“I think we all have our strengths and we all have our weaknesses,” Nua said of his Foothill counterparts. “But I think it’s a more level playing field than it’s been in the past.”

It’s an all-new Hart team this season.

New players and a new head coach.

Star hitter J.J. Mosolf graduated and is now playing at University of Hawaii, and middle blocker Taylor Gregory has moved on to Long Beach State University.

Despite the lost firepower, first-year coach Kevin Ker has all the pieces in place for another solid Indians team, which is ranked 10th in the latest CIF-SS Div. II poll.  

“We’re playing our best volleyball so far than we’ve played all year,” Ker said. “We’re starting to get into a little bit of a groove.”

The Indians (6-4) will look to junior Tanner Tengberg as the primary outside hitter and Jared Turner will work the opposite side.

Starting setter Chris LeClair returns to the team after running the offense as a sophomore last year. He brings stability and experience to the team.

Senior middle blocker Rhett Almond will be an important element in keeping the offense balanced.
That will be key for Hart, which has been Valencia’s toughest competition for the past two years.
“If we can continue to get one percent better every day, we’re going to get where we need to be, and so far, we’ve stuck to that principle,” Ker said.

Golden Valley
The last two seasons have been groundbreaking for the Grizzlies, who have finished third twice in a row to earn their first two trips to the postseason in school history.

Now, for the first time, the program will be tested in its ability to rebuild.

“You have to kind of hit the ground running and it’s actually been good,” said head coach Jeff Cody. “Those guys know they have big shoes to fill and they’ve done a great job.”

The losses are undeniable. Golden Valley (7-3) lost six out of seven players in last year’s starting rotation with senior outside hitter Alec Schlossman represented the lone returner.

Granted, Schlossman is among the best hitters in the league and a Harvard University commit.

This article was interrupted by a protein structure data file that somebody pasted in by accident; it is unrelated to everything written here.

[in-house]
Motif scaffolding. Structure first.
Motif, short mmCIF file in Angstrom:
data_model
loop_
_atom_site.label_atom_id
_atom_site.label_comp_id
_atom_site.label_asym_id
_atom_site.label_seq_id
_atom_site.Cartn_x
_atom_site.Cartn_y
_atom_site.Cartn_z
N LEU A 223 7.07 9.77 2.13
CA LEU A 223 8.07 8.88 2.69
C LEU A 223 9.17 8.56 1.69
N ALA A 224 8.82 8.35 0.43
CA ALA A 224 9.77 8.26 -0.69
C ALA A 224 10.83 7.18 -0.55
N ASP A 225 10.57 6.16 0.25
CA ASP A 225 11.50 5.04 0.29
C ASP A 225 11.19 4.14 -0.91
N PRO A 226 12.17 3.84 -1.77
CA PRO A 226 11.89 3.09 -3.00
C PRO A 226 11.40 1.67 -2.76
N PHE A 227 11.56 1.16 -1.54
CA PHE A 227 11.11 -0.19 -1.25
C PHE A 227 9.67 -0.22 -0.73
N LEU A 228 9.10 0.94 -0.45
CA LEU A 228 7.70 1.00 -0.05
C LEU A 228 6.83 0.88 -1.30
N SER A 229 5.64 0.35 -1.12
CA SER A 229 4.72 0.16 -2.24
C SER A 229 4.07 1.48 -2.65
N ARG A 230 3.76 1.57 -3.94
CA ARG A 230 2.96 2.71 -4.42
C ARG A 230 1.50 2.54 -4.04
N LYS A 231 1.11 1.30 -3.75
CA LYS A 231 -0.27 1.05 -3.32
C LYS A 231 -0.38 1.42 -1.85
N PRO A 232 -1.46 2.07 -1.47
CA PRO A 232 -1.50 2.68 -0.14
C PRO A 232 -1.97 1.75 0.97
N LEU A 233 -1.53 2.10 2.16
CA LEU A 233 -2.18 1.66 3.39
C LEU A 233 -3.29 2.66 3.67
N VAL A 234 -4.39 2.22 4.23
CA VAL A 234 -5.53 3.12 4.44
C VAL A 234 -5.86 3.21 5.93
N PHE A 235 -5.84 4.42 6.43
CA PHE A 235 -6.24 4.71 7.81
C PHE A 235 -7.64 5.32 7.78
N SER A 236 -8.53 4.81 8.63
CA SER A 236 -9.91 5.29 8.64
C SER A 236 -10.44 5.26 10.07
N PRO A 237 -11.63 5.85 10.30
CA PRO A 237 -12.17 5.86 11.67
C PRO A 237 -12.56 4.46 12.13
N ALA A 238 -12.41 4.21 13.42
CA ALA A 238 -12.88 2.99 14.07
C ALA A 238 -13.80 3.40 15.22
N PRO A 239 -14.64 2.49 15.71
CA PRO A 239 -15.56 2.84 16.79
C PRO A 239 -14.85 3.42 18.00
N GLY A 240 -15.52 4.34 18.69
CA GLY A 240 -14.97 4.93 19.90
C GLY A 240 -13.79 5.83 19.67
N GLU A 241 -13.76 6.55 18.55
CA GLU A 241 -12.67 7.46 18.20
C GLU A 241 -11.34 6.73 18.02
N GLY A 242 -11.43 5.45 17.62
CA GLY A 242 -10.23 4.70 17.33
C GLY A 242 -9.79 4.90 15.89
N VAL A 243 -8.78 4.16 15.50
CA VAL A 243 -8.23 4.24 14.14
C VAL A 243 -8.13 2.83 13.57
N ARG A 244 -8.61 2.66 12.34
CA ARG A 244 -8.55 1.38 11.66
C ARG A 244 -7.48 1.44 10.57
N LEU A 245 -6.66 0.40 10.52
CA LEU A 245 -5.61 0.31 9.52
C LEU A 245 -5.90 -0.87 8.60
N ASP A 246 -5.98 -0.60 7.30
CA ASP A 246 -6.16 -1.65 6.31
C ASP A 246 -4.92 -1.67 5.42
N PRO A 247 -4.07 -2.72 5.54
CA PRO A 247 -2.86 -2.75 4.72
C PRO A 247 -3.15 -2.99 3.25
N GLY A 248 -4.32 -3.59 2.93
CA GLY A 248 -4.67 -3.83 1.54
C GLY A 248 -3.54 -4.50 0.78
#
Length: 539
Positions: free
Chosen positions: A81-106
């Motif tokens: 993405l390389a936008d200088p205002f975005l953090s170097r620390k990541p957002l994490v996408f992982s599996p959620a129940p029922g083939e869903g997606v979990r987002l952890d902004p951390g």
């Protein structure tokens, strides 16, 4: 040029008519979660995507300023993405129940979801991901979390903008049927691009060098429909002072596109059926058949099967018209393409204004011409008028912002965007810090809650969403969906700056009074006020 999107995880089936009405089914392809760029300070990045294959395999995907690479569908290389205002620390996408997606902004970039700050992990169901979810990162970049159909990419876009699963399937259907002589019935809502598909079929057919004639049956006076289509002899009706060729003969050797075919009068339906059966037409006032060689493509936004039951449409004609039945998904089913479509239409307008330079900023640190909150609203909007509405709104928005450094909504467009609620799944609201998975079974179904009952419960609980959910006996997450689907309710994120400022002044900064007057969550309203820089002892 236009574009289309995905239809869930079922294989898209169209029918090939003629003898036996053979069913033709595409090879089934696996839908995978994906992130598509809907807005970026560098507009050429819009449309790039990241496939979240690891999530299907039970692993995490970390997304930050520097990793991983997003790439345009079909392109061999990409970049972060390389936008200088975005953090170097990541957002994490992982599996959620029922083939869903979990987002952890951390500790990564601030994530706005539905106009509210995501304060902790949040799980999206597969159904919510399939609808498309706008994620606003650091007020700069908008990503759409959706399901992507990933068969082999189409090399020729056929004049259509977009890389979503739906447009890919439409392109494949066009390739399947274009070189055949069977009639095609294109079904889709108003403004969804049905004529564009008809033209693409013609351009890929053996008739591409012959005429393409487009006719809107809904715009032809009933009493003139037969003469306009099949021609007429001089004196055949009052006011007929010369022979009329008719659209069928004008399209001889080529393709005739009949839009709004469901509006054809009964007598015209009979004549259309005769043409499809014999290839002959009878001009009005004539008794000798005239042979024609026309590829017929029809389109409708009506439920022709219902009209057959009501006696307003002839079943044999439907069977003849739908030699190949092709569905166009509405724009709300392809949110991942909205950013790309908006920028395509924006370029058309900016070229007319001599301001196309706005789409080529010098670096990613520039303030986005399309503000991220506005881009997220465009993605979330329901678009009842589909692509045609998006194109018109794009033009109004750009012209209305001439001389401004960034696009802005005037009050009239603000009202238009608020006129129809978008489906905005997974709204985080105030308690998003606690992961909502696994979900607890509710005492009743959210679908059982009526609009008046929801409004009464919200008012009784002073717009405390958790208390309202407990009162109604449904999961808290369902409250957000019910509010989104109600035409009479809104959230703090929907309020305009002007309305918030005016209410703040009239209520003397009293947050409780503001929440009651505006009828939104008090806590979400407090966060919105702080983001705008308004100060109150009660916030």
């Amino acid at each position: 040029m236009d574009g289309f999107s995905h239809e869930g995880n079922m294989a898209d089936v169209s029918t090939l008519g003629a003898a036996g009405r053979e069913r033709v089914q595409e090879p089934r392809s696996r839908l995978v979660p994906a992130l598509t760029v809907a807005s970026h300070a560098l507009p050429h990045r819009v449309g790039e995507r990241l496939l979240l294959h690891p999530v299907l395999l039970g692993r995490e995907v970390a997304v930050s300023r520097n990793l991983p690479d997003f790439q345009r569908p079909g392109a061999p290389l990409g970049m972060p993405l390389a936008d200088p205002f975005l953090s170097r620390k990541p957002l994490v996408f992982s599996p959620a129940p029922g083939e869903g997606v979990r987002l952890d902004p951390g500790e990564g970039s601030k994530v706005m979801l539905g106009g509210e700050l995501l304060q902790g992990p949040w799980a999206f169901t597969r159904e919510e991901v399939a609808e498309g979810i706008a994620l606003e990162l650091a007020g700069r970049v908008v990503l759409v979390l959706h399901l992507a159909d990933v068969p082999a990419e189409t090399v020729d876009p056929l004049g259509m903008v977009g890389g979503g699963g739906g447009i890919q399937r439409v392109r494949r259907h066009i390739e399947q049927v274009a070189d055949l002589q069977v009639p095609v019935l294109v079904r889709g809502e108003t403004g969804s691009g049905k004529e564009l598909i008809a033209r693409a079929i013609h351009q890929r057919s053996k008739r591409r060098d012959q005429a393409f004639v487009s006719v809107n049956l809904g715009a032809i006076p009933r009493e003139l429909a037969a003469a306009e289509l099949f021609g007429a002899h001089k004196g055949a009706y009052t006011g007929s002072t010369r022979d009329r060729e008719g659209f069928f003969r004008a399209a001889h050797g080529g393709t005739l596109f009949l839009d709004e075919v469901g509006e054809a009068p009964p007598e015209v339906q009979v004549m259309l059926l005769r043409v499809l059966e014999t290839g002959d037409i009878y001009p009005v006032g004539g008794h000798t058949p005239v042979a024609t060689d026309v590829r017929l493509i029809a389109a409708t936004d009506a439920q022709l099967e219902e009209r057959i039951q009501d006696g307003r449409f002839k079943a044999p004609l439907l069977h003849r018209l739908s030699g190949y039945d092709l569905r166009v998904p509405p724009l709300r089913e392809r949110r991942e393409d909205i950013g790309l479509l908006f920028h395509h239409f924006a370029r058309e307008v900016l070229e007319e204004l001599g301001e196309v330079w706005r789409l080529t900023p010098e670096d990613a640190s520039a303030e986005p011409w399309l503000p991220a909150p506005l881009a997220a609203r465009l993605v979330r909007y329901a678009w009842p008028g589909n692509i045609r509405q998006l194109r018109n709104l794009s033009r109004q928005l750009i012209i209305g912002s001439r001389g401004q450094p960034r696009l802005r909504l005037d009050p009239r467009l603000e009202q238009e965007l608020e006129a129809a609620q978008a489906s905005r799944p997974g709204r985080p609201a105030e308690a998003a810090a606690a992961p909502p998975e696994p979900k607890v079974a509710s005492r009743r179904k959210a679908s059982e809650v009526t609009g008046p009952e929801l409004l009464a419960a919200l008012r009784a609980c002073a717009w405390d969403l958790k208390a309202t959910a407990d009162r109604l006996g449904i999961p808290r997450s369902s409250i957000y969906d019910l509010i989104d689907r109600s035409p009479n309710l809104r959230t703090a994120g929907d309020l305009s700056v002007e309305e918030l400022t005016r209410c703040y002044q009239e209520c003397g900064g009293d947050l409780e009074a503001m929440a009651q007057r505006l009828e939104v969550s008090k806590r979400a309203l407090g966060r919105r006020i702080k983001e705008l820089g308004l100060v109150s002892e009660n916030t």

“He’s really taken ownership of it and knows it’s his team,” Cody said of Schlossman. “It’s really no mystery about it that he is going to be our team leader and he’s going to be our go-to guy.”

Fellow senior and starting setter Zach Pearce will have to help, as will senior libero Oscar Ricaladay.

The Grizzlies will count on sophomore Tristen Murachanian to supplement Schlossman in the hitting category.

West Ranch
The biggest advantage for the Wildcats might simply be the ability to slip under the radar.

West Ranch returns nearly every starter from the 2011 team and, after finishing in fifth place last year, isn’t viewed as a major threat.

Head coach Nate Sparks feels differently.

“When times get tough and it’s down to crunch time, the teams that have been there and done it against tough teams will come out ahead,” Sparks said.

At setter, the Wildcats (8-3) are starting senior Anthony Hanna, whom Sparks considers the best setter in the league.

Hanna will be feeding a lot of his sets to 6-foot-9 junior outside hitter Tanner Scabelund.

Together, they might make up the Foothill’s most potent setter-hitter combination.

And that’s just the tip of the iceberg for a team returning eight players with significant varsity experience.

“The way we’ve been playing lately, the past few weeks, nobody is going to be thinking of us doing anything,” Sparks said. “But the way we’ve playing lately, I have no doubt that we’ll be in contention for playoffs, if not for a league championship.”

As difficult as last year was for Canyon, second-year head coach Andrew Spackman was ready for it.

Coming off a sixth-place finish in league, he’s hoping his preparation will pay off this time around.

“It’s definitely going to be interesting this year, but our main focus right now is to win five (matches),” Spackman said. “If we win five (matches), we’ll go to playoffs.”

The Cowboys (7-2) graduated a player at every position, but Spackman anticipated the losses and intentionally gave underclassmen extra playing time in 2011.

Now, Canyon is left with a more experienced team filled with players like outside hitters Danny Daniyelyan and Michael Foster and libero Victor Miranda.

The team is switching from a three-setter system to a more typical strategy centered around a single setter, junior Andy Kern.

“We’re trying to control the game,” Spackman said. “We are a smaller team, but we’re trying to get (opponents) to do what we want to do. We don’t want to be constantly reacting to their game plan.”